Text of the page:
My FLOR Story

[My FLOR carpet in our master bedroom]

Blogging for FLOR means I get to sift through beautiful images of carpet tiles weekly, and to be honest, I've always wondered what it would be like to install them in my own home. Luckily, I've been in the thick of a massive renovation for almost two years and when it came time to choose the carpet for our master bedroom, my husband and I jumped at the chance to utilize FLOR tiles.

First things first: I am not gifted in the realm of DIY. Sure, I have creative ideas swirling through my head, but the skill stops there. Rarely will you see my hands dirty unless my husband needs help, and in that case, you can find me complaining in the corner about how un-cute these work gloves are.

Kidding. Sort of.

But truth be told, installing FLOR tiles is my kind of DIY. The entire bedroom took maybe two hours, and that includes a 20 minute search for the FLOR dots I'd sworn I stored in the kitchen drawer (Hint: They were in the bathroom drawer. Oops.).

I thought it might be fun to walk you through our experience in the most honest way possible, so here goes!:

1. Make sure the surface you're using is clean, dry and dust-free.
2. Lay out your desired pattern and make any necessary cuts for walls, angles and/or baseboard trim. This was easy for us, because we chose a shaggy design without a pattern. We watched this video to learn how to trim each tile (so useful!).
3. Locate those FLOR dots and place them underneath each tile, sticky-side up. The goal is for each carpet tile to stick to one another, not to the floor surface.
4. Admire your handiwork.

It truly is that easy, and we love how quiet our master bedroom is now. Plus, should our lovable dogs have an accident on our floors, re-carpeting the entire bedroom is no longer a need.

Genius, easy and beautiful. Happy FLOR-ing!

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Carpet In the Kitchen: Yay Or Nay?

Since moving into our new apartment a few months ago, my partner Gregory and I have given the kitchen a fresh coat of paint, hung shelves, replaced old knobs and hinges, and really worked to make the space clean and bright … but there still exist a few glaring remnants of decades past. Chiefly among them is the vinyl flooring, a mottled mix of beige, cream, and yellow. It looks perpetually dingy and hurts my eyes just to think about it.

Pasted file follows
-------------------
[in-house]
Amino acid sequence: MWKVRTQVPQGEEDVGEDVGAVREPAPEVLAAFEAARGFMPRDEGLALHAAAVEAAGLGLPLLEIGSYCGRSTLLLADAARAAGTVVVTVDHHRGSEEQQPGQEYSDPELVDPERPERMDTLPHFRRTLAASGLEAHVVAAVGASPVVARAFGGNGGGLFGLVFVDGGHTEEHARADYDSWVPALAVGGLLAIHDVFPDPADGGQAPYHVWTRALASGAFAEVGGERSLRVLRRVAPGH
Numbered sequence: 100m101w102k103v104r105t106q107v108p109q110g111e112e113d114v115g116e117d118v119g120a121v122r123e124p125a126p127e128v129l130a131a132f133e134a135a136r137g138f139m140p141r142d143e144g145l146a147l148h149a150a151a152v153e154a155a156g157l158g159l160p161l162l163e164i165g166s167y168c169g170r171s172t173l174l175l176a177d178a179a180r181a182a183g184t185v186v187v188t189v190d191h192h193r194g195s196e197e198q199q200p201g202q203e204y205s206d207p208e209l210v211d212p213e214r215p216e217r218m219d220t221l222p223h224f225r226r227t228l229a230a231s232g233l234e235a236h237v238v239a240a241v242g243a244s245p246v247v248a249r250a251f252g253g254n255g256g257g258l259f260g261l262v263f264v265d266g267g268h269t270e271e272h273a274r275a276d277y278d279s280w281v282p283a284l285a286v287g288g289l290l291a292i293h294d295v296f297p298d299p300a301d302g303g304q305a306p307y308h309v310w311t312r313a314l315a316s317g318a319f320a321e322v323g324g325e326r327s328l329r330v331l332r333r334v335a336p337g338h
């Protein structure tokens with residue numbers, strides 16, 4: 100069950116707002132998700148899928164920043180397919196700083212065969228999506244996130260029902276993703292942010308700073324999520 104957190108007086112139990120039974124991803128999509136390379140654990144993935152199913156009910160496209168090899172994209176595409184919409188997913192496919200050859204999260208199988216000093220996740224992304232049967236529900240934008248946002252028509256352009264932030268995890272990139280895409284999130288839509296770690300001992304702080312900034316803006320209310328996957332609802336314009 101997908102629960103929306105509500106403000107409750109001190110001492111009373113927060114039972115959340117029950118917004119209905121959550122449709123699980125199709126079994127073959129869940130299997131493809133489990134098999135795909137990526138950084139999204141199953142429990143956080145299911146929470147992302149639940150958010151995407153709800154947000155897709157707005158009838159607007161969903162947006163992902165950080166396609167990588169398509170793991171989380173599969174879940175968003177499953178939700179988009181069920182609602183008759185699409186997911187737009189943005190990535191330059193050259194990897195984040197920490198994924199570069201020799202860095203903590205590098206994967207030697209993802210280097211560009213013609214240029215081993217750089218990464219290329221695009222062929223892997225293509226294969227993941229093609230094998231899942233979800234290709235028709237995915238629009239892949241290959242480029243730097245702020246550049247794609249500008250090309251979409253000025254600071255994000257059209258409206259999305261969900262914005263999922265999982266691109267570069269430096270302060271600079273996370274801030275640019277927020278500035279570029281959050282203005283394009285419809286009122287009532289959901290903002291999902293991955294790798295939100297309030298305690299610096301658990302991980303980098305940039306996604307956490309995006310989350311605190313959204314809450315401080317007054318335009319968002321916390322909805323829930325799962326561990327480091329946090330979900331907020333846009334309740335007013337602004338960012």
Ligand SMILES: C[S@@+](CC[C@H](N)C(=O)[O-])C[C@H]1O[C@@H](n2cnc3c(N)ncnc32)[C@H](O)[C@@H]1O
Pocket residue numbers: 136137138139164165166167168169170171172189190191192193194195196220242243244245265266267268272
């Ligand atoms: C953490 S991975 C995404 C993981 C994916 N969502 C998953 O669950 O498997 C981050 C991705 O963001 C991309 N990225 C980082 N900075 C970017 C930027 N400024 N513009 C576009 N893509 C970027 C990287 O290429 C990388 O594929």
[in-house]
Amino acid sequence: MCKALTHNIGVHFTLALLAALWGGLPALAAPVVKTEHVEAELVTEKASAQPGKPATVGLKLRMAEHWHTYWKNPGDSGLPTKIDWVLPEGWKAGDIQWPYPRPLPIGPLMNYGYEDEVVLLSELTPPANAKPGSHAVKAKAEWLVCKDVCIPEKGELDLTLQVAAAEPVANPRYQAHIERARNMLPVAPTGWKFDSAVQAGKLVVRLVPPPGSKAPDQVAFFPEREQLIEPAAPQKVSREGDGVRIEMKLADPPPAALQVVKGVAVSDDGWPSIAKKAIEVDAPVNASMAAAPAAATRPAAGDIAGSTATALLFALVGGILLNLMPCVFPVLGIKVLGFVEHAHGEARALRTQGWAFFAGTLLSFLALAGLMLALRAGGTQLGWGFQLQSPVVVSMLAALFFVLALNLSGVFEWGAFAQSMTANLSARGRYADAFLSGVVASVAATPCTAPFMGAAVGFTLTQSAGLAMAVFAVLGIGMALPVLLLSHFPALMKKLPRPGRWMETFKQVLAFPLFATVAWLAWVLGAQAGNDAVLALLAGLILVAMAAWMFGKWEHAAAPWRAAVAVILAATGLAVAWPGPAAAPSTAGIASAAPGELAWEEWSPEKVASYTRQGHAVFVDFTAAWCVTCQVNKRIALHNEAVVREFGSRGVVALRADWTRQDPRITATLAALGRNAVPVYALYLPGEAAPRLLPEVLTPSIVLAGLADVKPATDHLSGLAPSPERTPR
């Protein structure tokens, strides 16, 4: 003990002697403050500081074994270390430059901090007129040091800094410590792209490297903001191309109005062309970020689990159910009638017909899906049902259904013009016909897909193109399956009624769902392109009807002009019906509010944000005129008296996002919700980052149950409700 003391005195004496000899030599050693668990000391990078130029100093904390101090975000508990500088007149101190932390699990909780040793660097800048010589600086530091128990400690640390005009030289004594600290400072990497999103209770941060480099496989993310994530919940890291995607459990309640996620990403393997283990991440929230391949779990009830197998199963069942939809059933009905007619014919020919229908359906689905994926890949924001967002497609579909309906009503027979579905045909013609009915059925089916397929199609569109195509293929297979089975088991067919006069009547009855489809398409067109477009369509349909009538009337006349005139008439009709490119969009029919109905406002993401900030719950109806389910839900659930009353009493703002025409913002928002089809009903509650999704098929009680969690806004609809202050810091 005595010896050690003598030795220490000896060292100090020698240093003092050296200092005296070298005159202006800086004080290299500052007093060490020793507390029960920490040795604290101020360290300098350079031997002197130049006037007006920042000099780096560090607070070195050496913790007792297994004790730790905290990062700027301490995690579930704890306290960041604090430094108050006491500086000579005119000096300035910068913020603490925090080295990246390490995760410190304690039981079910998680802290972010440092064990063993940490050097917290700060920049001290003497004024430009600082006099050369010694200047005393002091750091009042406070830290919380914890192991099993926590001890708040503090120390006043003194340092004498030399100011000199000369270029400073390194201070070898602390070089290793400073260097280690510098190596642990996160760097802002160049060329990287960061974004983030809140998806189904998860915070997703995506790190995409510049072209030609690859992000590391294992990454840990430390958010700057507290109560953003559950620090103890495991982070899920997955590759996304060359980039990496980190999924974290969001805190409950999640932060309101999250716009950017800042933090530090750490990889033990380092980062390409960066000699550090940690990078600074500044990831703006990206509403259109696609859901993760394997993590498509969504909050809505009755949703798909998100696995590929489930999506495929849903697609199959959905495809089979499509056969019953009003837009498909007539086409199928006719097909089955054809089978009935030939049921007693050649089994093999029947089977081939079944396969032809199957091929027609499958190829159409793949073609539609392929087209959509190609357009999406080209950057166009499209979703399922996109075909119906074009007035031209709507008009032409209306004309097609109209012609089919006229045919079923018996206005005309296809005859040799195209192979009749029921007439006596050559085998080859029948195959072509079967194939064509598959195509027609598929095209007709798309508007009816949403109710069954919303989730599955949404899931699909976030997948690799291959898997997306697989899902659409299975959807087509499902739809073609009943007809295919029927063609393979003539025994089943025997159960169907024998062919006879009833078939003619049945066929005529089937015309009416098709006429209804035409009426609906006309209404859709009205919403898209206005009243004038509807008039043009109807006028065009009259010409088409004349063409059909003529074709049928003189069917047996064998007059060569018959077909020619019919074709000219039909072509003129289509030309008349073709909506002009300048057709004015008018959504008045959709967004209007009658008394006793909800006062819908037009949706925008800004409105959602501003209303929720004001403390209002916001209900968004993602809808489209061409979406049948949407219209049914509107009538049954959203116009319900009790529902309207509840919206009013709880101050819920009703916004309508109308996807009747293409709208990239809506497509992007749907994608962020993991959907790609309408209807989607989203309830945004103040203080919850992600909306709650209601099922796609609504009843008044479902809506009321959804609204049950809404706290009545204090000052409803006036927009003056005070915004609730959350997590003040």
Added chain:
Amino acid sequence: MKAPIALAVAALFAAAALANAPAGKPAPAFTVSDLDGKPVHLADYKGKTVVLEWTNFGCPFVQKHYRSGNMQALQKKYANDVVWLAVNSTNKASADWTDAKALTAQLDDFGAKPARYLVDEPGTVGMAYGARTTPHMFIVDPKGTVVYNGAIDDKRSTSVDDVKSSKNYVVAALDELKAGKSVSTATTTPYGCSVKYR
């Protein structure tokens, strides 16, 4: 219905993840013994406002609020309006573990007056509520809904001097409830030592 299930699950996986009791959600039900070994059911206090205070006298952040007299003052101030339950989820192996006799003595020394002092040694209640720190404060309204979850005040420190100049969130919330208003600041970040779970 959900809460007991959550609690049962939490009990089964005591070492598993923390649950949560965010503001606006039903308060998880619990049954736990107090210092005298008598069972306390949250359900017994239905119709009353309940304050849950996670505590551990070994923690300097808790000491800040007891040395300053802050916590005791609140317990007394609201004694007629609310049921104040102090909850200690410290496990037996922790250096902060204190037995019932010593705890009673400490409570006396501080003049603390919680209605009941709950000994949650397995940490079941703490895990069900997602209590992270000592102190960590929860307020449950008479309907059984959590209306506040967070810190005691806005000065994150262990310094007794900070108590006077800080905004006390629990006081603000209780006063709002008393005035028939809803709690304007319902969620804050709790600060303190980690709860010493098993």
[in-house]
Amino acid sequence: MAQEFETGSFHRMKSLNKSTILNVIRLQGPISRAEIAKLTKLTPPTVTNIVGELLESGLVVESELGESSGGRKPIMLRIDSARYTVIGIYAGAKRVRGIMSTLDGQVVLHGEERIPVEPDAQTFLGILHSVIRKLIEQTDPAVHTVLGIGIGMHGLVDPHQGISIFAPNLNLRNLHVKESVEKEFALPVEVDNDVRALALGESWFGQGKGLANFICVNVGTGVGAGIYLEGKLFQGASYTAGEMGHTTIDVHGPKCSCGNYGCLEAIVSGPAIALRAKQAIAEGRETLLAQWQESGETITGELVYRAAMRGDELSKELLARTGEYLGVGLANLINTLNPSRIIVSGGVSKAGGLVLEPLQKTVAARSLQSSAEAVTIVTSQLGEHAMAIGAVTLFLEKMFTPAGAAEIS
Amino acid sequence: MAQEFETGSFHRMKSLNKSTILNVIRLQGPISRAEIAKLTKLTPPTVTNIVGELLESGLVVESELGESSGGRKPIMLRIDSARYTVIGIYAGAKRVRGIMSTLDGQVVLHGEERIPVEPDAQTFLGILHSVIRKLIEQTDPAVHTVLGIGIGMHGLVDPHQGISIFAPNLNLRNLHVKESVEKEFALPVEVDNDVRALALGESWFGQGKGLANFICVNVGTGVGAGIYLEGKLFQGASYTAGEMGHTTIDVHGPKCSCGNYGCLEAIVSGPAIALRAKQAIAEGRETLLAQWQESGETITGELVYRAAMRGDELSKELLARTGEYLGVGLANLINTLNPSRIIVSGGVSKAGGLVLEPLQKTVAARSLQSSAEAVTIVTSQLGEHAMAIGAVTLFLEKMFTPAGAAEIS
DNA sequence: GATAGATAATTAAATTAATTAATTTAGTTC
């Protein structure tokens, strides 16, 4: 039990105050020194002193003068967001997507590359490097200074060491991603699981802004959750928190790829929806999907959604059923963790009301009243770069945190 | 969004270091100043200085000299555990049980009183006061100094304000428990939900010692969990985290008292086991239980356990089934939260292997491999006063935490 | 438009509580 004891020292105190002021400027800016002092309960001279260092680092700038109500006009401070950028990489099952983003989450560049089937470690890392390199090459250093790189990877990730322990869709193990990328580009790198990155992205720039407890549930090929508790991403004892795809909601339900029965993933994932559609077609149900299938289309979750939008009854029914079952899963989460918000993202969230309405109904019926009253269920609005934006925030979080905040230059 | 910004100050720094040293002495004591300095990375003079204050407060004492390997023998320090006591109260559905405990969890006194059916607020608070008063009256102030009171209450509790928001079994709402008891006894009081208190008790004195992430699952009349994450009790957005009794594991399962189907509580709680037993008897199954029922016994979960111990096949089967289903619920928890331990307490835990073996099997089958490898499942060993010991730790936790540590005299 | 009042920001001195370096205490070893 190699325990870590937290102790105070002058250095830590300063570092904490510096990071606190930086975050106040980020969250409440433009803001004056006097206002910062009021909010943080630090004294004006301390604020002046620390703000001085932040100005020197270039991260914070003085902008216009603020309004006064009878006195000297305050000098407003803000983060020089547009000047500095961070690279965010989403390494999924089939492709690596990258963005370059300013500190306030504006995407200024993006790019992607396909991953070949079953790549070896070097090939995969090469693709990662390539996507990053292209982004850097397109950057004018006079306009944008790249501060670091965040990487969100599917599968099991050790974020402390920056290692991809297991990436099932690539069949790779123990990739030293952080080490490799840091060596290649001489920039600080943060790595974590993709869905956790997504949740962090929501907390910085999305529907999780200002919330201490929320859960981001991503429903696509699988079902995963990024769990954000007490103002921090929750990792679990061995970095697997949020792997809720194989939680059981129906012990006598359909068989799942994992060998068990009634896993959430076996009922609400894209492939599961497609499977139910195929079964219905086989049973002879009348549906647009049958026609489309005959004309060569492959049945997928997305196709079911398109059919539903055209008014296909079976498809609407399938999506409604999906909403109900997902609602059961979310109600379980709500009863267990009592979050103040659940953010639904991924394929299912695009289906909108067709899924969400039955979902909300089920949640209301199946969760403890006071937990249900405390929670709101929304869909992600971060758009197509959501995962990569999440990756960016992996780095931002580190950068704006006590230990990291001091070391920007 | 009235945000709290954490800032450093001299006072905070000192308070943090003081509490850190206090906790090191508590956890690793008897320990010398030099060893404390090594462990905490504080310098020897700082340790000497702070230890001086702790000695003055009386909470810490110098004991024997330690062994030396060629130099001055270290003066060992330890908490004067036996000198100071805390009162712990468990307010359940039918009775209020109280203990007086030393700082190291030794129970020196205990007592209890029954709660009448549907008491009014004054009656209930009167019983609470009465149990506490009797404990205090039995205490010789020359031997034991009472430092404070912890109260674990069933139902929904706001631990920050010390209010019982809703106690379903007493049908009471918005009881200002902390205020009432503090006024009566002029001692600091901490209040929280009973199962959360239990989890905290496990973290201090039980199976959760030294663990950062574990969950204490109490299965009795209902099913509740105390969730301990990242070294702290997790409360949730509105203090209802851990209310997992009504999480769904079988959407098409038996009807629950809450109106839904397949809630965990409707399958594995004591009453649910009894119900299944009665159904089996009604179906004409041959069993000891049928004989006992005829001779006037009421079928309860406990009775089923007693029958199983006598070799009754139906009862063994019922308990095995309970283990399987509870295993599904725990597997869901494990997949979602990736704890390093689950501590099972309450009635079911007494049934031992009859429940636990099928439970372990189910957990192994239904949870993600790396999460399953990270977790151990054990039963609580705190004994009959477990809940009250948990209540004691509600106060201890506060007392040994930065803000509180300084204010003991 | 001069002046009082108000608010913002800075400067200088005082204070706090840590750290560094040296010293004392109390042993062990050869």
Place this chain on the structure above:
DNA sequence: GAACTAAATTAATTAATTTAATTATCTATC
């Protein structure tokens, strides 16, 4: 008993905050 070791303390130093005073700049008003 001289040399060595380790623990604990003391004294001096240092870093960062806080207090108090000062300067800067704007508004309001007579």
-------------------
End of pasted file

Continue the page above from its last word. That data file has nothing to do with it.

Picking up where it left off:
As renters on a budget, we aren't able to realize all of our decor dreams, but we are committed to making this our home for many years, which means doing something about the kitchen floor. For those who can't remove ugly flooring, there's always the option of covering them up. Gregory recently suggested FLOR tiles, thinking that they would be relatively economical and easy to lay down over the vinyl and around appliances and counters. We could certainly find something to suit our style among the range of colors and patterns.

Unfortunately, my reaction wasn't terribly positive. In fact, it was more along the lines of, "Ewww!" for I can't help but shudder at the idea of carpet in the kitchen. Wouldn't it get horribly dirty? I can't picture a carpet in the kitchen without seeing it covered in greasy oil stains, sticky cake crumbs, and tomato sauce splatters.

Yet, I know that carpet in the kitchen is not unheard of. There are several examples of it in the FLOR catalog, not to mention decor magazines and websites. Perhaps the key is to choose something in a dark color or pattern to disguise the inevitable stains? I do know that my feet would probably love a layer of carpet during those long hours of cooking and washing up. And anything would be better than that vinyl tile…